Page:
Quebec French province of Canada


Kate The Traveller

When I was a child, Canada seemed a fairytale land at the end of the world.

Listening to the stories of Anne from Anne of Green Gables by Canadian author Lucy Maud Montgomery, I systematically travelled with my imagination, to the green island of Prince Edward, enchanted by the peace and unspoiled nature described in it. A few years later, I watched for the first time a popular film during the Christmas time in Poland, Legends of the Fall. From that moment the landscape of the Canadian steppe stuck somewhere deep in my mind. Being a dreamy teenager, I decided that someday it would be wonderful, to spend the rest of my life in a wooden hut somewhere, in the heart of a Canadian forest.

Such child dreams… Afterwards, growing up, I moved to France and living there, I often came across representatives of the French-speaking province of Québec. I remember my surprise, whenever I asked the Quebec fellows about Canada, at that time knowing very little about it, systematically I used to get an annoyed response. They used to explain to me that they did not feel Canadians, but they were happy to tell me about their native region Quebec. It was always a very delicate area in our conversations. It was necessary to keep away from links with Canada …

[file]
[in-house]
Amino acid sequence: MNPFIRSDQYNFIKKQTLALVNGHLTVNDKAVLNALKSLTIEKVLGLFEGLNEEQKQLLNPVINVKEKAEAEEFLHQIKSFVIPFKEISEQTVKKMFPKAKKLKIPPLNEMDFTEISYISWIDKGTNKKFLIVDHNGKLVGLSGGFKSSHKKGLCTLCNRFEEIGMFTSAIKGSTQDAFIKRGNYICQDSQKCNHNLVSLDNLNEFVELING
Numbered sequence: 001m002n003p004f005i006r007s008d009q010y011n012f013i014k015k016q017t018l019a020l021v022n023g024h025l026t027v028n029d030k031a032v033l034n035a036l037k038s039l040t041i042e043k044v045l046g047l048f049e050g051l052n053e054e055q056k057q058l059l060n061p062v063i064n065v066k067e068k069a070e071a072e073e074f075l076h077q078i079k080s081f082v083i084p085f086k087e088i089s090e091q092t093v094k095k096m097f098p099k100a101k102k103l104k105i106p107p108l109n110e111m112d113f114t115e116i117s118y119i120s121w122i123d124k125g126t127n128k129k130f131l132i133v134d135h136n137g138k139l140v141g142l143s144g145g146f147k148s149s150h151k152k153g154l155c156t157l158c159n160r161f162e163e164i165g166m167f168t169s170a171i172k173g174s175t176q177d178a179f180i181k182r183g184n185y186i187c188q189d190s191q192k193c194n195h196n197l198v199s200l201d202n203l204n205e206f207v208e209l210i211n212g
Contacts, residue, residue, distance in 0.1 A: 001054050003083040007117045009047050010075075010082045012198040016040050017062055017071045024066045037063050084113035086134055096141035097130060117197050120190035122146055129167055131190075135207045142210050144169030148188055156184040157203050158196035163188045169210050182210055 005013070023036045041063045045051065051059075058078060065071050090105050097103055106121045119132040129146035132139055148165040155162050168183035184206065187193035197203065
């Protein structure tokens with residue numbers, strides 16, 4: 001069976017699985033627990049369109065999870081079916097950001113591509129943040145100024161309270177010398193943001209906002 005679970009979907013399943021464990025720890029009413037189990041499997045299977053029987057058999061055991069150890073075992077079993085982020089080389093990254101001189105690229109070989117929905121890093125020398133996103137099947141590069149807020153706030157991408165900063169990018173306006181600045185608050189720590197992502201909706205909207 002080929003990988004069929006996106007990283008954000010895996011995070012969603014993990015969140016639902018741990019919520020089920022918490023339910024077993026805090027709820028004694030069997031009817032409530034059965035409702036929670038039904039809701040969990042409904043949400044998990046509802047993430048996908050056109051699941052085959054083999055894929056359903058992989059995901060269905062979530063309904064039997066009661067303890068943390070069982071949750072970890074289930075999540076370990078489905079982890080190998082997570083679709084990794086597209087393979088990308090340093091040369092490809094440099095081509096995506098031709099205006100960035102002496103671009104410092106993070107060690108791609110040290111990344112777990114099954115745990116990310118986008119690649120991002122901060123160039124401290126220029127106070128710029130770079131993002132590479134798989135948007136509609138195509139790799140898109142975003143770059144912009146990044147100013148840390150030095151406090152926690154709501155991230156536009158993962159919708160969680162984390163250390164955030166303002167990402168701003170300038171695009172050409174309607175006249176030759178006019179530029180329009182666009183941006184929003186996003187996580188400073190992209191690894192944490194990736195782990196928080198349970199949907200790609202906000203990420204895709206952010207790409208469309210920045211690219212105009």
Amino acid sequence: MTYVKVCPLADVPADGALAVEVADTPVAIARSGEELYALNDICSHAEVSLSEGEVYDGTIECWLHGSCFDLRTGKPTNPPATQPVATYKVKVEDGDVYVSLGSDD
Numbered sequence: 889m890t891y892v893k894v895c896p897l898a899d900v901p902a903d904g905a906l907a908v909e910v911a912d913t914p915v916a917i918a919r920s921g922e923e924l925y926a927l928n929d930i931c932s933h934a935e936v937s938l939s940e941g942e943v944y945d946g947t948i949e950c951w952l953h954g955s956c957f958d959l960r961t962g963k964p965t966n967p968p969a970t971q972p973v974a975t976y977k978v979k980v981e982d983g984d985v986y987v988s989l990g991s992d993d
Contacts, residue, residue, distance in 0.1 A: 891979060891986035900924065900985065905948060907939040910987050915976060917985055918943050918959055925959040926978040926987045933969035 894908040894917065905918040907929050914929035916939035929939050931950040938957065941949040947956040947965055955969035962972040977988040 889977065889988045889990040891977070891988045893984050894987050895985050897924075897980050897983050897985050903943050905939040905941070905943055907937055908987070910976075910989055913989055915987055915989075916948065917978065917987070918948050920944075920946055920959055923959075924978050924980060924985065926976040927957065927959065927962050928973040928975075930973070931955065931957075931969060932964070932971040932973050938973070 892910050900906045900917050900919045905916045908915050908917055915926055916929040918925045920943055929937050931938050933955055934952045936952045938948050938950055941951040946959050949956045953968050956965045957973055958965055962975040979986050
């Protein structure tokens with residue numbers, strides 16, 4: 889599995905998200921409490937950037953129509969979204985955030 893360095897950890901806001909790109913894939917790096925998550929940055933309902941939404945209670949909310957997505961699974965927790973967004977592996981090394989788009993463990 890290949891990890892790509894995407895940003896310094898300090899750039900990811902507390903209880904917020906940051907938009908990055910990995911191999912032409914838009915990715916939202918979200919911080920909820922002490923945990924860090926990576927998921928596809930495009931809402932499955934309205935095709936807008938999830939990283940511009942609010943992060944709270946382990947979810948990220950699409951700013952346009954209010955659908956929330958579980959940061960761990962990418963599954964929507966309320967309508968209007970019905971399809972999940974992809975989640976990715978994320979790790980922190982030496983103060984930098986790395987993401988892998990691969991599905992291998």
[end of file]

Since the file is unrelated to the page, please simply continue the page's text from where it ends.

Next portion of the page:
Québec is one of the ten provinces in Canada and along with the three special territories constitute thirteen administrative units in the country. It lies on the east coast of North America, bordering the Hudson Bay on the north, the Labrador Peninsula and Newfoundland on the east and the San Lorenzo river on the south. These are very cold territories. Summer high temperatures bother only in southern parts of Québec. More to the north, summer lasts only a month, with a maximum of 15 degrees Celsius during the day.

During my first visit to Canada, fascinated by my Parisian acquaintances, I went to Québec.